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 Overview/Lessons Learned | Contraceptive Methods | Key Issues
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Progestin-only Oral Contraceptive Pills

Progestin-only oral contraceptive pills, often called progestin-only pills (POPs) and minipills, are estrogen-free oral contraceptives made from very low doses of synthetic progestin. POPs are appropriate for breastfeeding women and are useful for women who experience estrogen side effects of COCs. POPs are effective in preventing pregnancy when taken consistently and correctly. Their use does not affect breastfeeding or interfere with intercourse. Their effectiveness is slightly less than that of COCs, especially in younger women, but effectiveness is high in women over 35 years of age and when use compliance is good. POPs are safe for most women; only a few conditions--pregnancy, unexplained vaginal bleeding and breast cancer--preclude use of the method. Some characteristics of POPs are highlighted below.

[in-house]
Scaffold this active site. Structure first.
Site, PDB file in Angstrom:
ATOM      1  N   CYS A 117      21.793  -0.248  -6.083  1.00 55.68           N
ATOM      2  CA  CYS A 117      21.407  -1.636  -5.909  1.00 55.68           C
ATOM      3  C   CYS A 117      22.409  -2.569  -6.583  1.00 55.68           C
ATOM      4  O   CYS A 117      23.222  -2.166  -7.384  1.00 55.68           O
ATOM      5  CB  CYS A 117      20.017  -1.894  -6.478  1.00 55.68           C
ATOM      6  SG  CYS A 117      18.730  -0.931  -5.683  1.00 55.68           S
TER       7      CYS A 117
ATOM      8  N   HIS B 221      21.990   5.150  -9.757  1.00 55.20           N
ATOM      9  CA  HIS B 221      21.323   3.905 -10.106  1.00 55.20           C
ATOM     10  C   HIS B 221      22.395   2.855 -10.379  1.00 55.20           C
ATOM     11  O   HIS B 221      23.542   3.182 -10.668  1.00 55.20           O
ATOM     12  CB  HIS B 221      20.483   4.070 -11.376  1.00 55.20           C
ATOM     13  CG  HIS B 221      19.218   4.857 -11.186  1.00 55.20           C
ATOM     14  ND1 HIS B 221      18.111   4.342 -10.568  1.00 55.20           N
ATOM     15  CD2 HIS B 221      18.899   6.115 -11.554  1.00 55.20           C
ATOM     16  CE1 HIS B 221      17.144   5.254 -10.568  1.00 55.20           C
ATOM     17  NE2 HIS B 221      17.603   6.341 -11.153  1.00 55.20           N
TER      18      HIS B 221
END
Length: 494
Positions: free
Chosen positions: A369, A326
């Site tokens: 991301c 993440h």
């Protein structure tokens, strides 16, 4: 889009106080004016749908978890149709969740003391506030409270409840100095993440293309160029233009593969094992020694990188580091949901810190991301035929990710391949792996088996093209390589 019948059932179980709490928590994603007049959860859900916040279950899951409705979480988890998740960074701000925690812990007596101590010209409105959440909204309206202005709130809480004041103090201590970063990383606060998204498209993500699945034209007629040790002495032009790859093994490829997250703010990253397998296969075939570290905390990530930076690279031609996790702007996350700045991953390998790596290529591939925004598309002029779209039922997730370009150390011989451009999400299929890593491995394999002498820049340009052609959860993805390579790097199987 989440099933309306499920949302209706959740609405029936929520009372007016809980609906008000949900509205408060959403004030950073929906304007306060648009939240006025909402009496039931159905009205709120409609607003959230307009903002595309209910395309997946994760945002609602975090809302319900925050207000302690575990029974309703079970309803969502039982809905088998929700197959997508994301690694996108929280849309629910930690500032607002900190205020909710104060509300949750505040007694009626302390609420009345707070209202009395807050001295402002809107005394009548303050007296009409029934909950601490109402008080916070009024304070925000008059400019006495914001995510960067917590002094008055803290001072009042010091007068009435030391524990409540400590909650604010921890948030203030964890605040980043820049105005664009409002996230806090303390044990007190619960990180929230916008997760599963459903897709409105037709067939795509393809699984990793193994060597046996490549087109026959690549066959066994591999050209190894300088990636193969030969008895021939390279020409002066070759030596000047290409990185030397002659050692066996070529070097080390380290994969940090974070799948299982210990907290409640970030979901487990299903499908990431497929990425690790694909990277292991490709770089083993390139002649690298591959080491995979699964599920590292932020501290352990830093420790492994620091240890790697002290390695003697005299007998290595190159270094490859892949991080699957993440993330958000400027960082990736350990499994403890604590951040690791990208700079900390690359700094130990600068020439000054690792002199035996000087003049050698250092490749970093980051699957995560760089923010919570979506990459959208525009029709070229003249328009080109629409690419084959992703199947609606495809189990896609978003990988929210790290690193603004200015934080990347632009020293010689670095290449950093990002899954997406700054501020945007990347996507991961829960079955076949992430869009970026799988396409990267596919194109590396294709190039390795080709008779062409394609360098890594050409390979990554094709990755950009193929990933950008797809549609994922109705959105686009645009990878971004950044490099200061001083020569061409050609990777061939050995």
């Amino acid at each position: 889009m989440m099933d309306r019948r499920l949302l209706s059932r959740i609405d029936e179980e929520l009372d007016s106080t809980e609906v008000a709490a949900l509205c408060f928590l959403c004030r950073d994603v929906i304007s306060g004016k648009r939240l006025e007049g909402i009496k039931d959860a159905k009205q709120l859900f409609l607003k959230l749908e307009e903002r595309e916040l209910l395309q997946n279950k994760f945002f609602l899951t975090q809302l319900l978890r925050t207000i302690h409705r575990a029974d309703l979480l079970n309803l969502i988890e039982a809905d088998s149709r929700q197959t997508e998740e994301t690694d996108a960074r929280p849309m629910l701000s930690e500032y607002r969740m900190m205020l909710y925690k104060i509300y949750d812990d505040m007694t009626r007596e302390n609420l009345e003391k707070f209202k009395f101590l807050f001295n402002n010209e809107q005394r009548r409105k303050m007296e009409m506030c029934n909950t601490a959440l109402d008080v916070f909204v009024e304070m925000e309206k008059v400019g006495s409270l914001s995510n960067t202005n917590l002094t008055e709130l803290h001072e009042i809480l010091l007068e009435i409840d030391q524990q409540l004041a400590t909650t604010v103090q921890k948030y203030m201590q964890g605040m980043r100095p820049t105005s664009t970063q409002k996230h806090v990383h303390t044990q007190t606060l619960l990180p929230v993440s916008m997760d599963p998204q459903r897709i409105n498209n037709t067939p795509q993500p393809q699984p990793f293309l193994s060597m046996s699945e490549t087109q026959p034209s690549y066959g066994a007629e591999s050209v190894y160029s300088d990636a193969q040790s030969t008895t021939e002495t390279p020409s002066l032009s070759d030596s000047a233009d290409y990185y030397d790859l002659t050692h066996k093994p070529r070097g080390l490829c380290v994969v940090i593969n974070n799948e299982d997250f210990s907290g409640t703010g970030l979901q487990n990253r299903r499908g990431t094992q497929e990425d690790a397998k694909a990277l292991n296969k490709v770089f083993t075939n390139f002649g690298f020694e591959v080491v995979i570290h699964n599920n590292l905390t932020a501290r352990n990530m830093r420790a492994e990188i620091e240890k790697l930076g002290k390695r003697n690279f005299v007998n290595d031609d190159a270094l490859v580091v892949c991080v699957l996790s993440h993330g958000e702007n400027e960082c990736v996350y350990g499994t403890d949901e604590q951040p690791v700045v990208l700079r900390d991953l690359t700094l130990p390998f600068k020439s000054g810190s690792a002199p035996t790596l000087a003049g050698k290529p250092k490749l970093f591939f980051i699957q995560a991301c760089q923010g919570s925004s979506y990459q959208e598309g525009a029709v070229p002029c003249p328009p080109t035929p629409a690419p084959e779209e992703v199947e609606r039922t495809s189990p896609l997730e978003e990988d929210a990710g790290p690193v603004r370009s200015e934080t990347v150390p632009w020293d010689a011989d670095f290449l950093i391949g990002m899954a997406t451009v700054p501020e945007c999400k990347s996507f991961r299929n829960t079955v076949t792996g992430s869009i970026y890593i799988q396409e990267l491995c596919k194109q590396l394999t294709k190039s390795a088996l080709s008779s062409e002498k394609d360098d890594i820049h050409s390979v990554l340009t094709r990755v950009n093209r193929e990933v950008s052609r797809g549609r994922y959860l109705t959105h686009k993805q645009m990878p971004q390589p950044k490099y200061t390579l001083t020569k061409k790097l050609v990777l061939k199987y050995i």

Effectiveness

0.5% to 10% failure rate during first year of typical use; 0.5% failure rate with perfect use in the first year

Age limitations         

No restrictions on use for women age 16 and over

Parity limitations

No restrictions on use

Mode of action

Primarily by thickening cervical mucus, thereby preventing sperm penetration, and also by inhibiting ovulation

Effect on STD risk

Not protective

Drug interaction

Certain antiseizure medications (barbiturates, carbamazepine, phenytoin, primadone) and antibiotics (Rifampin and Griseofulvin) may reduce the contraceptive effect of POPs

Duration of use

Most women can use POPs safely throughout their reproductive years; there is no need for periodic discontinuation

Return to fertility

Immediately or after slight delay

Return to Contraceptive Method List


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